Outside Fenway Park, four hours until game time: A young man is standing on Lansdowne Street with a pile of bloody socks. He hands the socks out one by one and an eager crowd gathers around him, their palms outstretched. People will line up for anything if it's free. A white tube sock stained with human blood? Give it!
Granted, the blood is not real. (It's smeared paint. The sock, a reference to the hosiery worn by an injured Curt Schilling during the 2004 playoffs, is a promotional gimmick for yet another Red Sox book.) Still, the scene is a tad macabre. For some reason, I picture a crowd of people outside a cathedral, waiting for handouts of replica relics. A pile of fake knuckle joints and tibia fragments and whatnot.
On the field, Red Sox batting practice: As the Sox take their cuts, comedian Tom Arnold cavorts down the first base line with a camera crew in tow. They film him conducting "interviews" with players in which the "questions" seem composed entirely of hearty guffaws and backslaps.
I myself have an urge to slap Tom Arnold really hard on his back. But more in the kidney region, and more with my fist than with an open palm.
Otherwise, though, this is a fantastic afternoon. I'm standing on the grass in Fenway Park on a sunny day. I'm watching David Ortiz crack missile shots into the right field stands. At one point, a large, beautiful hawk flies just 10 feet above my head and then swoops up onto the Fenway roof. It's a crystalline moment in which nature (the airborne raptor, the sunny skies, the infield soil) somehow seamlessly melds with the world of man (microphones, cameras, batting helmets). No one else around me appears to notice the hawk. It's my own private, soulful moment. I hope the hawk pecks out Tom Arnold's eyes.
Still on the field, Yankees now taking batting practice: I fall into a conversation with a couple of reporters. These guys do lots of clubhouse interviews, and they're discussing which Sox player is smartest and which is dumbest. Consensus: Johnny Damon is easily the dumbest, while Kevin Youkilis (you may remember him from Moneyball as the "Greek God of Walks") is quite clever and funny. But it's Pedro Martinez who was by far the smartest of the Sox. The beat reporters are immensely saddened by Pedro's departure for the Mets. Because Pedro chooses his words carefully, speaks in well-crafted metaphors, and actually looks you in the eye. Your average player will look down at the ground or flip through a magazine—as though you were a faraway voice being beamed into his head, not a live human being standing right there in the room with him.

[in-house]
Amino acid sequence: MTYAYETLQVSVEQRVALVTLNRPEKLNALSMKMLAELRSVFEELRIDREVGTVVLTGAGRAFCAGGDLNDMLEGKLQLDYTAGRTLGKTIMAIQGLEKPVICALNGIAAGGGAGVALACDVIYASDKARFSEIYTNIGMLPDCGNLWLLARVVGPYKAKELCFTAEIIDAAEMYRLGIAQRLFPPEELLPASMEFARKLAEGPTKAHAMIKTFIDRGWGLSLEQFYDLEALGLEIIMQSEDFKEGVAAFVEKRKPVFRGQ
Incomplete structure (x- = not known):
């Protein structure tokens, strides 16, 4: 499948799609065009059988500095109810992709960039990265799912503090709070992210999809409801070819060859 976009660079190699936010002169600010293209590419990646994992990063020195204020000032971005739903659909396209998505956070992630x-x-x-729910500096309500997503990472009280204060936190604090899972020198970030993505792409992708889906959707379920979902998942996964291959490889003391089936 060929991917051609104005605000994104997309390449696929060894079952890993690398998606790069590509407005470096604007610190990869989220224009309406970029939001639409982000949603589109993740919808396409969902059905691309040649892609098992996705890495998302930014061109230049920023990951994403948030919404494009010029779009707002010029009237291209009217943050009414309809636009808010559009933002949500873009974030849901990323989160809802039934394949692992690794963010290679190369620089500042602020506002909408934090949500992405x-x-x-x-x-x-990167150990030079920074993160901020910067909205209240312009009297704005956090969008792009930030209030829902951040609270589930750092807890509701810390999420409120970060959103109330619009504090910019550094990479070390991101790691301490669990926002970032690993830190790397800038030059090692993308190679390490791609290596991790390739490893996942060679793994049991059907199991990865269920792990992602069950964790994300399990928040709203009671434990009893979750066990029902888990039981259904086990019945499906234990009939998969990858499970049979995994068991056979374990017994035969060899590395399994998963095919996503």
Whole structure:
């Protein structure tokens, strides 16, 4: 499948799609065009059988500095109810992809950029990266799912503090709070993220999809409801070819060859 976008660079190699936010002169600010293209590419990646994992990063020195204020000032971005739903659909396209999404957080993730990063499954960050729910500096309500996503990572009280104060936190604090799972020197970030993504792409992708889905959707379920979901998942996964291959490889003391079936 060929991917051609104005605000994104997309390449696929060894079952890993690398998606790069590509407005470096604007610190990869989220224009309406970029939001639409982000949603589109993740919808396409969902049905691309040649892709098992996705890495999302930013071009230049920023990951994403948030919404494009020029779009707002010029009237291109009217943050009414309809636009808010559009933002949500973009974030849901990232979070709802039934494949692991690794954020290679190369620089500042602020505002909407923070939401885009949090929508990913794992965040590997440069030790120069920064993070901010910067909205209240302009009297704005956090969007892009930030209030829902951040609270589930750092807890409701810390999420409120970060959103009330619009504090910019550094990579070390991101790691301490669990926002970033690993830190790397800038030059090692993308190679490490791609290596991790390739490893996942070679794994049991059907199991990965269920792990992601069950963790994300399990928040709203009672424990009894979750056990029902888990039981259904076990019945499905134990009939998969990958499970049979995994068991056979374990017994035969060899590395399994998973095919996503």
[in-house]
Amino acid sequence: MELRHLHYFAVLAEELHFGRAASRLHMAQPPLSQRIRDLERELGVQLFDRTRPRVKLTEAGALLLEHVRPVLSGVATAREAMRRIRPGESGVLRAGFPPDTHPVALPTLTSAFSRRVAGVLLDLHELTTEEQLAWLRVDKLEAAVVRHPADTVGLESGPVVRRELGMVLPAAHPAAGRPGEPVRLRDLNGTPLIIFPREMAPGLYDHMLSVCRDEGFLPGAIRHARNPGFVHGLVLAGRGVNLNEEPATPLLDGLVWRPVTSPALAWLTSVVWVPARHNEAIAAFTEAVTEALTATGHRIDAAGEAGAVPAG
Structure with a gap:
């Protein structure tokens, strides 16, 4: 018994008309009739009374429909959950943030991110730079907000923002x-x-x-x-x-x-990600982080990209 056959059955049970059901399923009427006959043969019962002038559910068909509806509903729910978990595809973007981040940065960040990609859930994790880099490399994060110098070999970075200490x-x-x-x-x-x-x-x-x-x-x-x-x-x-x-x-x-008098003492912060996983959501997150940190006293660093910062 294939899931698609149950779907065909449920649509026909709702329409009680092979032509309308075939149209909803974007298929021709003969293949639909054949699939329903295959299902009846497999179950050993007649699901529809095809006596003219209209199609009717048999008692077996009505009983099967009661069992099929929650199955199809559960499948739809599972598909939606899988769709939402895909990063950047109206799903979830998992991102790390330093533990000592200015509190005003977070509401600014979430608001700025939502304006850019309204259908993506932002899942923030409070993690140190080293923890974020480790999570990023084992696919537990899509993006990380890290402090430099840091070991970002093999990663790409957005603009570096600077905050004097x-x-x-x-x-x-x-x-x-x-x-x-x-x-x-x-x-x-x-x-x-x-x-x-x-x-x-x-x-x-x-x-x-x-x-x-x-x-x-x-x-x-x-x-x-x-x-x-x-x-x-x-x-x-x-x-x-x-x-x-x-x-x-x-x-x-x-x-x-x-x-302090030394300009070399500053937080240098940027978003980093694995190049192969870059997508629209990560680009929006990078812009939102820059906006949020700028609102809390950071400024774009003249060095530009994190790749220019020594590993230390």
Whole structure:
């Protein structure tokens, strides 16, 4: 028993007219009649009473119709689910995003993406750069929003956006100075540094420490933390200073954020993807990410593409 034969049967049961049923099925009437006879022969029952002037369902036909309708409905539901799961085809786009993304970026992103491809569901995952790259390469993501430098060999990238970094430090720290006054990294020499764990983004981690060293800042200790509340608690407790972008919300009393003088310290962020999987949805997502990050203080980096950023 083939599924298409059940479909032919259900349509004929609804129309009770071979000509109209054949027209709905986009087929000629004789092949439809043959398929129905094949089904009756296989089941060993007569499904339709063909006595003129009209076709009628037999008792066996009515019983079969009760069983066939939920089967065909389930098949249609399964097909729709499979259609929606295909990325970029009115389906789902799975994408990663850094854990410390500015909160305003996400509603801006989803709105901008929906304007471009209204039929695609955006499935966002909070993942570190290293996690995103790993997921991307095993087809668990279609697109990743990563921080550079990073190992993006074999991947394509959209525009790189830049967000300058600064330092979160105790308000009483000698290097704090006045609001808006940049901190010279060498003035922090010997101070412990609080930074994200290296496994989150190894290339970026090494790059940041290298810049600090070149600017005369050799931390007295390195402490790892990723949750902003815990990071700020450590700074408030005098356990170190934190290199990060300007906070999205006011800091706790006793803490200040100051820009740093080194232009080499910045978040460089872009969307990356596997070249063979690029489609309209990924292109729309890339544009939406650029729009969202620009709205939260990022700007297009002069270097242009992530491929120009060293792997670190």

Inside the Red Sox clubhouse: The last time I was in a major-league clubhouse—it was Yankee Stadium, for Pedro's legendary 17-strikeout game—the scene was pretty wild. Rod Beck, the corpulent, fu-manchu'd relief pitcher, was puffing on a cigarette next to his locker and ashing into an empty soda can. Scott Hatteberg (then a Sox catcher) and John "Way Back" Wasdin (the former Sox pitcher with a penchant for serving up home runs of galactic height and distance) sat at a video machine, delighting at a clip of Jason Giambi brutally bashing one of Wasdin's pitches. Hatteberg wound the slo-mo back and forth, over and over. "Ohhhhhh! Look at that!" he shouted with glee as Giambi savaged the ball once more. "Baaaaam!"